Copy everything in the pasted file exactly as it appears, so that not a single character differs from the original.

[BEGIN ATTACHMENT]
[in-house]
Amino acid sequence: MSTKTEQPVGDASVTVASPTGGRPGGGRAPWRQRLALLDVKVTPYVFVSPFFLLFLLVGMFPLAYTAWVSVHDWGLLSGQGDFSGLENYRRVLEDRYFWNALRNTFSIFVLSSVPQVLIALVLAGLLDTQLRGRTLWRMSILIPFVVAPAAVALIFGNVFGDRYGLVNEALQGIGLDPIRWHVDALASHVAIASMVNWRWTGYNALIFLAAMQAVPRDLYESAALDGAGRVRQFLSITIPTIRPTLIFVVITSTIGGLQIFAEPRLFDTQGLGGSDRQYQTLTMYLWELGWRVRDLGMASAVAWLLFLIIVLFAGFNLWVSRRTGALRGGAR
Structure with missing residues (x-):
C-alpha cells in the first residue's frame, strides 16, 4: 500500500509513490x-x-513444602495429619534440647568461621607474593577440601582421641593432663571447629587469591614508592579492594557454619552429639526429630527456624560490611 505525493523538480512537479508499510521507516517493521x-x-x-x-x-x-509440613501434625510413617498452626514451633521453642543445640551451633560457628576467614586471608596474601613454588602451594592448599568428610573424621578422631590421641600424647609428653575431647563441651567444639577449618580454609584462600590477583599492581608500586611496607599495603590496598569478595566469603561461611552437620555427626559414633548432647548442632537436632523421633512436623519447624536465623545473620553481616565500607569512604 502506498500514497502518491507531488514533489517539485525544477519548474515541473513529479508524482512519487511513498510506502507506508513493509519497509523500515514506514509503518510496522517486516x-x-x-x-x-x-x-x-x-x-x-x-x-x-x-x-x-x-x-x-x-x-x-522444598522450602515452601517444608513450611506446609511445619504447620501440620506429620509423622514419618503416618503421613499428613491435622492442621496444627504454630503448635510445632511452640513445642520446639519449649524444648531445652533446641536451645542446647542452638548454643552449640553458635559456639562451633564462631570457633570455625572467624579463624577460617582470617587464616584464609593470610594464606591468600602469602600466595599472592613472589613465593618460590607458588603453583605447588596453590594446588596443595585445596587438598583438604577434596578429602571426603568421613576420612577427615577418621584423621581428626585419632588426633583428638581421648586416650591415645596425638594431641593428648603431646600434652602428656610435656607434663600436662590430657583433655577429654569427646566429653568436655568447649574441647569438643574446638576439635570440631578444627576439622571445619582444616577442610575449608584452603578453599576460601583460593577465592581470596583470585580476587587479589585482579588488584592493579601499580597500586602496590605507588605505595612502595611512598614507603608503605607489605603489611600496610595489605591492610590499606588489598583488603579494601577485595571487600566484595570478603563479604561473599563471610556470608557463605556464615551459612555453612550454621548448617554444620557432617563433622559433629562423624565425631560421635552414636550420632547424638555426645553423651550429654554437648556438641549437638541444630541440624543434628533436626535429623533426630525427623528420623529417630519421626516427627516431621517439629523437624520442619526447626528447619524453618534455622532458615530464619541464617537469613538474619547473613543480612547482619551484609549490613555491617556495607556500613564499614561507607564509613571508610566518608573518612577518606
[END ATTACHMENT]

[in-house]
Amino acid sequence: MSTKTEQPVGDASVTVASPTGGRPGGGRAPWRQRLALLDVKVTPYVFVSPFFLLFLLVGMFPLAYTAWVSVHDWGLLSGQGDFSGLENYRRVLEDRYFWNALRNTFSIFVLSSVPQVLIALVLAGLLDTQLRGRTLWRMSILIPFVVAPAAVALIFGNVFGDRYGLVNEALQGIGLDPIRWHVDALASHVAIASMVNWRWTGYNALIFLAAMQAVPRDLYESAALDGAGRVRQFLSITIPTIRPTLIFVVITSTIGGLQIFAEPRLFDTQGLGGSDRQYQTLTMYLWELGWRVRDLGMASAVAWLLFLIIVLFAGFNLWVSRRTGALRGGAR
Structure with missing residues (x-):
C-alpha cells in the first residue's frame, strides 16, 4: 500500500509513490x-x-513444602495429619534440647568461621607474593577440601582421641593432663571447629587469591614508592579492594557454619552429639526429630527456624560490611 505525493523538480512537479508499510521507516517493521x-x-x-x-x-x-509440613501434625510413617498452626514451633521453642543445640551451633560457628576467614586471608596474601613454588602451594592448599568428610573424621578422631590421641600424647609428653575431647563441651567444639577449618580454609584462600590477583599492581608500586611496607599495603590496598569478595566469603561461611552437620555427626559414633548432647548442632537436632523421633512436623519447624536465623545473620553481616565500607569512604 502506498500514497502518491507531488514533489517539485525544477519548474515541473513529479508524482512519487511513498510506502507506508513493509519497509523500515514506514509503518510496522517486516x-x-x-x-x-x-x-x-x-x-x-x-x-x-x-x-x-x-x-x-x-x-x-522444598522450602515452601517444608513450611506446609511445619504447620501440620506429620509423622514419618503416618503421613499428613491435622492442621496444627504454630503448635510445632511452640513445642520446639519449649524444648531445652533446641536451645542446647542452638548454643552449640553458635559456639562451633564462631570457633570455625572467624579463624577460617582470617587464616584464609593470610594464606591468600602469602600466595599472592613472589613465593618460590607458588603453583605447588596453590594446588596443595585445596587438598583438604577434596578429602571426603568421613576420612577427615577418621584423621581428626585419632588426633583428638581421648586416650591415645596425638594431641593428648603431646600434652602428656610435656607434663600436662590430657583433655577429654569427646566429653568436655568447649574441647569438643574446638576439635570440631578444627576439622571445619582444616577442610575449608584452603578453599576460601583460593577465592581470596583470585580476587587479589585482579588488584592493579601499580597500586602496590605507588605505595612502595611512598614507603608503605607489605603489611600496610595489605591492610590499606588489598583488603579494601577485595571487600566484595570478603563479604561473599563471610556470608557463605556464615551459612555453612550454621548448617554444620557432617563433622559433629562423624565425631560421635552414636550420632547424638555426645553423651550429654554437648556438641549437638541444630541440624543434628533436626535429623533426630525427623528420623529417630519421626516427627516431621517439629523437624520442619526447626528447619524453618534455622532458615530464619541464617537469613538474619547473613543480612547482619551484609549490613555491617556495607556500613564499614561507607564509613571508610566518608573518612577518606